Articulating preferences

Advance care planning (ACP) is a conversation about how a person wishes to be treated under circumstances in which they are not able to speak for themselves.

Key points

The aim of advance care planning is:

  • To support patients’ autonomy and decision making
  • To prevent them from receiving unwanted treatments, and
  • To help ensure their care is consistent with their values.

Recognise that many patients expect their doctor to take the initiative in raising the topic of their preferences about future care.

An informed advance care plan requires an understanding by the patient of their own health problems, and also about the realistic implications of the possible treatment options. Legal competence and capacity should be considered.

An advance care plan may consist of:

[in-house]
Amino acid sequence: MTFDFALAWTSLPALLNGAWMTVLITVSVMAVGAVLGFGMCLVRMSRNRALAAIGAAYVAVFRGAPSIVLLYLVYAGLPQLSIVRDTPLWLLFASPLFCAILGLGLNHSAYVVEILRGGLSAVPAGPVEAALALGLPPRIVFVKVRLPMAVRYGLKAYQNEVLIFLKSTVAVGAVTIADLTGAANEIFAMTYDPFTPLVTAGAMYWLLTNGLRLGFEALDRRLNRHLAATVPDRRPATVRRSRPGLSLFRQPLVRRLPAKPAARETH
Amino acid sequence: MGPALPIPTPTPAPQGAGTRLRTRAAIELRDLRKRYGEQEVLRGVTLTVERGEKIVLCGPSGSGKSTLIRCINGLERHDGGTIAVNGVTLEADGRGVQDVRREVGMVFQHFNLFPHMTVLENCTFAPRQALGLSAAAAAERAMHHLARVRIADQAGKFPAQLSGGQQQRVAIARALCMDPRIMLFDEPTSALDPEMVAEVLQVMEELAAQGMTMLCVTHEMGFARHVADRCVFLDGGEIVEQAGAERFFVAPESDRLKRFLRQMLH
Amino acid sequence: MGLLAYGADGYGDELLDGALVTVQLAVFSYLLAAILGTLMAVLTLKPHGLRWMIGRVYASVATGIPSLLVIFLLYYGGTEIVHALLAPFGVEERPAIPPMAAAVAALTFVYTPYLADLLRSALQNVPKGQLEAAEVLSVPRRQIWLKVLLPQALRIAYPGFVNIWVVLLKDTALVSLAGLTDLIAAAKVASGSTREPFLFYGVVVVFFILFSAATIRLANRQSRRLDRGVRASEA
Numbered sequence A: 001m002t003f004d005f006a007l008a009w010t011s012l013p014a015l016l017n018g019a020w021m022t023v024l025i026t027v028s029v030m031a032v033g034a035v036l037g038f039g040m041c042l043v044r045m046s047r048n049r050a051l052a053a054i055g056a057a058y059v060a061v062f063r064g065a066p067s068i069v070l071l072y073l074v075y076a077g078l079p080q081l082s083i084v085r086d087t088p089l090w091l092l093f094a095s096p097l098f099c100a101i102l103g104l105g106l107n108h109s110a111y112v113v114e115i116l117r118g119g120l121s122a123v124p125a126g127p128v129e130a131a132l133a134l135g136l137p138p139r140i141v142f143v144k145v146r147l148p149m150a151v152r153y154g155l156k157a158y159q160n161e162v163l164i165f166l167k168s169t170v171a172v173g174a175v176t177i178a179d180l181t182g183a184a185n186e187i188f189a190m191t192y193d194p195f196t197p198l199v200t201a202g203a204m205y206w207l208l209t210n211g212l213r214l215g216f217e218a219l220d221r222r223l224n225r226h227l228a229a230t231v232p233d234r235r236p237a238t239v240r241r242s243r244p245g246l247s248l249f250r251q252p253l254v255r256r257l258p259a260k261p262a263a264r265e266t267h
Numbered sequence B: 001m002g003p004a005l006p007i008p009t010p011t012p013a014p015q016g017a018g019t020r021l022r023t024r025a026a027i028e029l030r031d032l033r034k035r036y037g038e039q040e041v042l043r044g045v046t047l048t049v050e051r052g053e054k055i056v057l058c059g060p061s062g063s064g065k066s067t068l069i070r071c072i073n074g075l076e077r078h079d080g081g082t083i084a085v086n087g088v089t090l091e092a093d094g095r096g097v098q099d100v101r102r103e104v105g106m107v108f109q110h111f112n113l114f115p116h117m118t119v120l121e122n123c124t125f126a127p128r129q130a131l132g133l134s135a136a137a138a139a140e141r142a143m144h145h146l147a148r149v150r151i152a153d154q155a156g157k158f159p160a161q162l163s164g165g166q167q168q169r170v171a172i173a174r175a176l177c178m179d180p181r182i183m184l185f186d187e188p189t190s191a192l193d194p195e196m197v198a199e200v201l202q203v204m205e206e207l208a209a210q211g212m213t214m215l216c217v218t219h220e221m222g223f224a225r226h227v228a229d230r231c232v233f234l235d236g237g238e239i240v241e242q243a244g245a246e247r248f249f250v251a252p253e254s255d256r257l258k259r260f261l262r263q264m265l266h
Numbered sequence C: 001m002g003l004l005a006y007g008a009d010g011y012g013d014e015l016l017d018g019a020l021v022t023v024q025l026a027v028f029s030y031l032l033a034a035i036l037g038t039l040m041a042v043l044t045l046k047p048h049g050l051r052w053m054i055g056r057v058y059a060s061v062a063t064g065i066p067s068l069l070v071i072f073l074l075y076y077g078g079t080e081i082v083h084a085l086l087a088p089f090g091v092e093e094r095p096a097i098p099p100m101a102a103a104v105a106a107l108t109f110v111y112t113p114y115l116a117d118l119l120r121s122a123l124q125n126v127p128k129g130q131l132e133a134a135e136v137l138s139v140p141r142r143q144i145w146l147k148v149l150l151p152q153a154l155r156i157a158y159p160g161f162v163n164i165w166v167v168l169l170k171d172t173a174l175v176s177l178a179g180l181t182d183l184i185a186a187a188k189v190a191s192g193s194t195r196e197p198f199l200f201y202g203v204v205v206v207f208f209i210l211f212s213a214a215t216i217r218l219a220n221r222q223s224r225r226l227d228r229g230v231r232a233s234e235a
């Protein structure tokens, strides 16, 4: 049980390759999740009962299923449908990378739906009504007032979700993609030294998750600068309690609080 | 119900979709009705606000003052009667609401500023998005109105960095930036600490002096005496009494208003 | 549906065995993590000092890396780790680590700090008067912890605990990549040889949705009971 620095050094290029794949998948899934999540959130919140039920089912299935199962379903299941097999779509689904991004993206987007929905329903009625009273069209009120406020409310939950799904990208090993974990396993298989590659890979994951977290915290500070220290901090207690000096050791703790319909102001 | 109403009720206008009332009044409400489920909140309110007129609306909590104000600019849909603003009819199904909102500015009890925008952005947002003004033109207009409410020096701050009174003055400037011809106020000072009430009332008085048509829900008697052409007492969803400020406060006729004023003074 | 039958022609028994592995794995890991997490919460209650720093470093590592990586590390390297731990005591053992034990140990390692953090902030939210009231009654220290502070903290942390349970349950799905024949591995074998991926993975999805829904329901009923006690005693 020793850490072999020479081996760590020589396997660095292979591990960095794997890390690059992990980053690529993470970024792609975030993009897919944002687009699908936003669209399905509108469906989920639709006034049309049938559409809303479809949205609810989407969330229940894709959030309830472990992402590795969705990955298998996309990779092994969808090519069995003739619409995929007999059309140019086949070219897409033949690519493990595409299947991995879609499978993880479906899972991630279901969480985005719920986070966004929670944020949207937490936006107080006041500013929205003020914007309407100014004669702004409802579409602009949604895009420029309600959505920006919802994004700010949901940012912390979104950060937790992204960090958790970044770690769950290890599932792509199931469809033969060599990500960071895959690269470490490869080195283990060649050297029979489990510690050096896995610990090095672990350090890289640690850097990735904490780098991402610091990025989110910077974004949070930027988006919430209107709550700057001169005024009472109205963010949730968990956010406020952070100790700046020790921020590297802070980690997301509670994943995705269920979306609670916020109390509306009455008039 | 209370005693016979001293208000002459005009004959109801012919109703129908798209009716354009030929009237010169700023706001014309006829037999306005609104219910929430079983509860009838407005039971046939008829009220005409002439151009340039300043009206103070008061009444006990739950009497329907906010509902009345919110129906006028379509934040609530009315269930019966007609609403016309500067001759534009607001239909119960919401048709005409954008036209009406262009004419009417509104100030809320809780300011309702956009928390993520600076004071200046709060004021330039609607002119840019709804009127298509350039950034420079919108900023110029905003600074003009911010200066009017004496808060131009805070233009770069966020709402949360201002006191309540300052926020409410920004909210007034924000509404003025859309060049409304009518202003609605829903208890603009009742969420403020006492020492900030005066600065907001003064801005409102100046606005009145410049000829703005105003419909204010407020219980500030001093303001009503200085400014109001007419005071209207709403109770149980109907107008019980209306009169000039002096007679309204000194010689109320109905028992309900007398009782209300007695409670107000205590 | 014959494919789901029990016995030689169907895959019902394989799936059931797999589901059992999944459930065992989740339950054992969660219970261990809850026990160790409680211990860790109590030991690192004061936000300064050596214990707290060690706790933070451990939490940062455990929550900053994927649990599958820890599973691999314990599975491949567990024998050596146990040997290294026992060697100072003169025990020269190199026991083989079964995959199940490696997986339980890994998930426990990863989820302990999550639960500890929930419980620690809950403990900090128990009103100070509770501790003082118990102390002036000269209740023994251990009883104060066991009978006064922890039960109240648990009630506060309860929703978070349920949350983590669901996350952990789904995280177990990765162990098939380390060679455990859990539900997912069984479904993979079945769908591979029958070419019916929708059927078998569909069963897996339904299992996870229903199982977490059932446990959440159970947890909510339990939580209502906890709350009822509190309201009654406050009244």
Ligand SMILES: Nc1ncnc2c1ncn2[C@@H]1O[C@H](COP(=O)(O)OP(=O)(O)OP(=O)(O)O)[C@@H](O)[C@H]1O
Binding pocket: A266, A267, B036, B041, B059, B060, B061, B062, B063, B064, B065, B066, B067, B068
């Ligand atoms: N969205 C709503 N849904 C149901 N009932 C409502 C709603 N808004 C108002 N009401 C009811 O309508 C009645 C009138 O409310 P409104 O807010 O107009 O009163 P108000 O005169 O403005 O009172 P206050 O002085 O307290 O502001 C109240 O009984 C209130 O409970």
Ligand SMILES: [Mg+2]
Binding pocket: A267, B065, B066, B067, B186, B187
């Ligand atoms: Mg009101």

• a discussion between a patient and their doctor about their values and wishes (for example, 'I prefer not to have any extraordinary treatment that would prolong my dying') OR
  • the formal or informal choice of a person to be a substitute decision maker, OR
  • writing an advance care plan, OR
  • a combination of these.
The Advance Project offers a structured approach to initiating advance care planning and palliative care in general practice. Resources and online training are available. 

Each state and territory has its own local policies about ACP. Advance Care Planning Australia (ACPA) include forms for advance directives, policy documents, and information about the legal aspects of ACP for each state and territory.

Useful tip

Advance care planning can be as simple as discussing a person’s wishes and ensuring that the family or other substitute decision maker is aware of these wishes. Make sure they are noted in the clinical record.

Documentation helps ensure that an advance care plan will be respected. Australian states all have different legal frameworks, and some provide a specific document for recording advance care plans.

Even when patients have difficulty acknowledging that they may be deteriorating, or discussing poor prognosis, it is still possible to help them to make an advance care plan - in terms of planning for the 'what ifs'.

Last updated 24 August 2021